Iraqis face worst energy crisis since 2003, despite oil riches

Iraqis face worst energy crisis since 2003, despite oil riches
August 14th, 2006  
Team Infidel

Topic: Iraqis face worst energy crisis since 2003, despite oil riches

Iraqis face worst energy crisis since 2003, despite oil riches
Media: The Associated Press
Date: 14 August 2006

BAGHDAD, Iraq - Under a scorching sun, Baghdad taxi driver Sameer Abdul
Razzaq wraps a wet towel around his head and waits for gasoline in a line
stretching a mile.

"I've been here since 6 a.m.," he said Sunday. "If I'm lucky, I'll get to
the end of the line by sunset. I actually think I might end up spending the
night here."

This is the capital of what should be one of the world's great oil
producers, but corruption and insurgent attacks have Iraqis mired in their
worst fuel shortage since Saddam Hussein was ousted, with black market
gasoline costing as much as $4 a US gallon (1 Euro per liter).

The official price is $1 a gallon, but the fuel is often unavailable,
forcing most Iraqi drivers to shell out the higher price to streetside
vendors or wait in long lines at gas stations.

The shortage affects other petroleum products too. A cylinder of cooking gas
costs about $18 (14 euros) on the black market _ double the price a few
months ago.

All that causes ripple effects that compound problems facing an Iraqi public
weary of bloodshed, sectarian strife, the presence of U.S.-led forces and
the government's inability to restore peace.

Taxi drivers have quadrupled their fares. Higher delivery costs for food and
other essentials are passed on to consumers _ many already living on the

"We're going to switch to a small kerosene stove instead," housewife Amaal
Ahmed Jabbar said after paying premium prices for cooking fuel.

The irony is especially bitter in a country that sits atop the world's
third-largest proven petroleum reserves. Iraq's estimated 115 billion
barrels are exceeded in the Organization of Petroleum Exporting Countries
only by Saudi Arabia and Iran.

Iraq has been plagued by periodic fuel shortages since the 2003 U.S.-led
invasion. But the current crisis comes amid higher demand for fuel to power
generators and air-condition homes and offices, with summer temperatures
topping 115 degrees.

The shortage is so bad that even a gas station inside the Green Zone, home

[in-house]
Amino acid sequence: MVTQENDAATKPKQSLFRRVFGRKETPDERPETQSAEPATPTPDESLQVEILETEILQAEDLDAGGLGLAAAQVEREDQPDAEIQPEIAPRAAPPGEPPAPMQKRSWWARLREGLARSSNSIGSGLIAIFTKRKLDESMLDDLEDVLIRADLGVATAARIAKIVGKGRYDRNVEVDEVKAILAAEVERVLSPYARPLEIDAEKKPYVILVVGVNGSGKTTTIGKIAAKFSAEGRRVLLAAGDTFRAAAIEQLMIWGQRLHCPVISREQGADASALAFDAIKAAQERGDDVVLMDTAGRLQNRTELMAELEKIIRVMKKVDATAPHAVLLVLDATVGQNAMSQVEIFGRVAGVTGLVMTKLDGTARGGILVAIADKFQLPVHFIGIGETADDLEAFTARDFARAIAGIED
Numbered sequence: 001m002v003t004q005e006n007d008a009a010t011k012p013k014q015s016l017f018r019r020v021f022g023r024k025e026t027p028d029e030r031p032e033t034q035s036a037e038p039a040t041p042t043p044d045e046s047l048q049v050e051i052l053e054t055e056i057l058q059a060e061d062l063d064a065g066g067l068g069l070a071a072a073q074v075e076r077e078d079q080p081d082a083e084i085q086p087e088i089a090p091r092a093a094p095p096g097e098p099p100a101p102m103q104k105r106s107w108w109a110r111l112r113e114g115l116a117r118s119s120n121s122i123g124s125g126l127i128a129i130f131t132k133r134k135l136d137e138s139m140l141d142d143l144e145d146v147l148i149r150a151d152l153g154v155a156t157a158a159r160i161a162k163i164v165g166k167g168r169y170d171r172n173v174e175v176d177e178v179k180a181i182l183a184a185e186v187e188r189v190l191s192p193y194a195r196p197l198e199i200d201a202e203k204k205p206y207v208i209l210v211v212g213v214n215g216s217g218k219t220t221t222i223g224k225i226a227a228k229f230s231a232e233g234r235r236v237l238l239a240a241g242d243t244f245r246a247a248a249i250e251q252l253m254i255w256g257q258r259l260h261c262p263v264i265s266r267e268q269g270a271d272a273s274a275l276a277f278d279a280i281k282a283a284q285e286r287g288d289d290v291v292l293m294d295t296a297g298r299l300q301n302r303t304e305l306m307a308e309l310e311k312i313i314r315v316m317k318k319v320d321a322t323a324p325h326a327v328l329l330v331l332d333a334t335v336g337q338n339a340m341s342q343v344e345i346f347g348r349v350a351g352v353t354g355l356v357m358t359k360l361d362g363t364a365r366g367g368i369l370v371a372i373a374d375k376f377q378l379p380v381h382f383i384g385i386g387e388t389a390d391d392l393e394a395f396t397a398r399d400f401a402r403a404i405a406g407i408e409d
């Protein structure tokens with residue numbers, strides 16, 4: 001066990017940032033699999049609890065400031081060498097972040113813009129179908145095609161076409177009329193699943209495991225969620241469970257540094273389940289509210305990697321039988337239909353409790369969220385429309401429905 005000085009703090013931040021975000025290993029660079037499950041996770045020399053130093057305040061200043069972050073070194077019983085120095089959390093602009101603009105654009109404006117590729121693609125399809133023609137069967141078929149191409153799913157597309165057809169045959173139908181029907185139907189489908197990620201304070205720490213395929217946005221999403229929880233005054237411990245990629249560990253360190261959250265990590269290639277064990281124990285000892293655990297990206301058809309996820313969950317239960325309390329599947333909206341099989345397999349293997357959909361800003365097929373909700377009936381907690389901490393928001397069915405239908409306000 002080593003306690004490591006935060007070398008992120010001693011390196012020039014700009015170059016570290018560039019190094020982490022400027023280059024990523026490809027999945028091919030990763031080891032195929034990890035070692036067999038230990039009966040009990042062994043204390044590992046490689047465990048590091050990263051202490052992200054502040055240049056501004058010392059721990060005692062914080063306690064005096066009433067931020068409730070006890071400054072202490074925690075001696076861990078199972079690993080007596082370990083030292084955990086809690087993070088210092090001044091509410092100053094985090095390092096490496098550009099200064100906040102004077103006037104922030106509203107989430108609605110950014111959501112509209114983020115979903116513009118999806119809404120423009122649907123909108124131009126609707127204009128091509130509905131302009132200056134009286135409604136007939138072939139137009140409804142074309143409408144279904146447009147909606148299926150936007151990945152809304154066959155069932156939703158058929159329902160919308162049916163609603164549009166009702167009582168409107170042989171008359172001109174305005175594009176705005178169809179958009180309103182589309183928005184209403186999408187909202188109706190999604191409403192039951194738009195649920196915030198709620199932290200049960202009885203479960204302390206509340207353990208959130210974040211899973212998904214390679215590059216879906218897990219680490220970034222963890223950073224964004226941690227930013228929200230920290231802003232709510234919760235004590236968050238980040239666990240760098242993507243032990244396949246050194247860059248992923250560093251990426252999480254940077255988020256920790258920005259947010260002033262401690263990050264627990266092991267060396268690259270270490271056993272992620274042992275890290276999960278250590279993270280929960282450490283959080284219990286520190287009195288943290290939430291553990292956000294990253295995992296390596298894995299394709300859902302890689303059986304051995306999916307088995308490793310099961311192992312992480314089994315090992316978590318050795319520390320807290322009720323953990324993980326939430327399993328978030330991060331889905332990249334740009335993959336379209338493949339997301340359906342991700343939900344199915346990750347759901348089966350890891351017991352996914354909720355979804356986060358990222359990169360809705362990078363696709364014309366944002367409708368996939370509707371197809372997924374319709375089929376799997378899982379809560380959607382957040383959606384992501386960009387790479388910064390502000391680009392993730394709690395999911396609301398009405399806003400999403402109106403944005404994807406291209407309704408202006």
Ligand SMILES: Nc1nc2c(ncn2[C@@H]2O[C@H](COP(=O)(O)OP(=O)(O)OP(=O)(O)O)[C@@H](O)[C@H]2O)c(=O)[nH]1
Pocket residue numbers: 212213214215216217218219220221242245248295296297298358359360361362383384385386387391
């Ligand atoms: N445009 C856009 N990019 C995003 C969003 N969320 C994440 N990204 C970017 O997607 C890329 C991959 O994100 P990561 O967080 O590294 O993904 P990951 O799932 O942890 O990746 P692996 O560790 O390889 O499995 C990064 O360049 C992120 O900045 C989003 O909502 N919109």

of major Iraqi government offices and the U.S. Embassy, ran out of fuel
Sunday afternoon.

The government blames the problem on insurgent attacks on pipelines and
other infrastructure, which snarl the distribution system.

"I realize that people are really suffering from the lack of energy and
electricity," President Jalal Talabani said Sunday. "But this is not the
fault of the government ... terrorists have blown up many power stations as
well as the pipeline" that delivers crude oil from the northern fields
around Kirkuk to the main refinery in Beiji, 240 kilometers (155 miles)
north of Baghdad.

The Beiji facility had a prewar capacity to refine 2 million to 2.25 million
gallons (7.5 million to 8.25 million liters) of gasoline a day. It is now
producing less than 260,000 gallons (984,180 liters) of gasoline a day, Oil
Ministry spokesman Assem Jihad said, citing electricity shortages and
threats to refinery operators as the main sources of the problem.

Last week, the main oil storage facility in Latifiyah, about 30 kilometers
(20 miles) south of Baghdad, had to shut down after workers received death

More than 250 Oil Ministry officials, workers and security guards have been
killed since the collapse of the previous regime, according to the ministry.

The U.S. Energy Information Administration estimated that 315 major attacks
have struck pipelines, electricity plants and other energy infrastructure
between April 2003 and June.

The attacks have left the country struggling to restore oil production to
prewar levels of about 2.5 million to 3 million barrels a day. As of May,
production stood at about 1.9 million barrels a day, U.S. officials said.

The International Relations and Security Network, a Swiss group that
promotes exchanges of information among security professionals, also blamed
widespread corruption within the Oil Ministry.

Last year, 450 Oil Ministry employees were fired for illegally selling oil
and petroleum products. In an April report, the Oil Ministry's inspector
general Ali al-Alaak estimated about $4 billion worth of petroleum products
were smuggled out of Iraq last year, including gasoline and crude oil
siphoned from pipelines.

All that has added to the deep sense of pessimism among Iraqis.

"The ministers are busy with one thing only, and that is touring the world
as we wallow here in the Middle Ages," said lawyer Ahmed Mohammed Ali, 55.
"Everyday I take a container to the gas station to get some fuel to run my
generator. It takes me up to five hours and sometimes all I get is
humiliation by the security personnel in charge of the station."

Last month, Iraq's Oil Minister Hussain al-Shahristani predicted that Iraq's
oil production would double over the next four years to 4 million barrels a
day _ a forecast that some petroleum experts thought was overly optimistic.

Hassan al-Jubouri, who runs a ceramics workshop, says he's going broke.

"My workshop is closed because I cannot run the generator," he said. "My
family is without a source of living due to this shortage."

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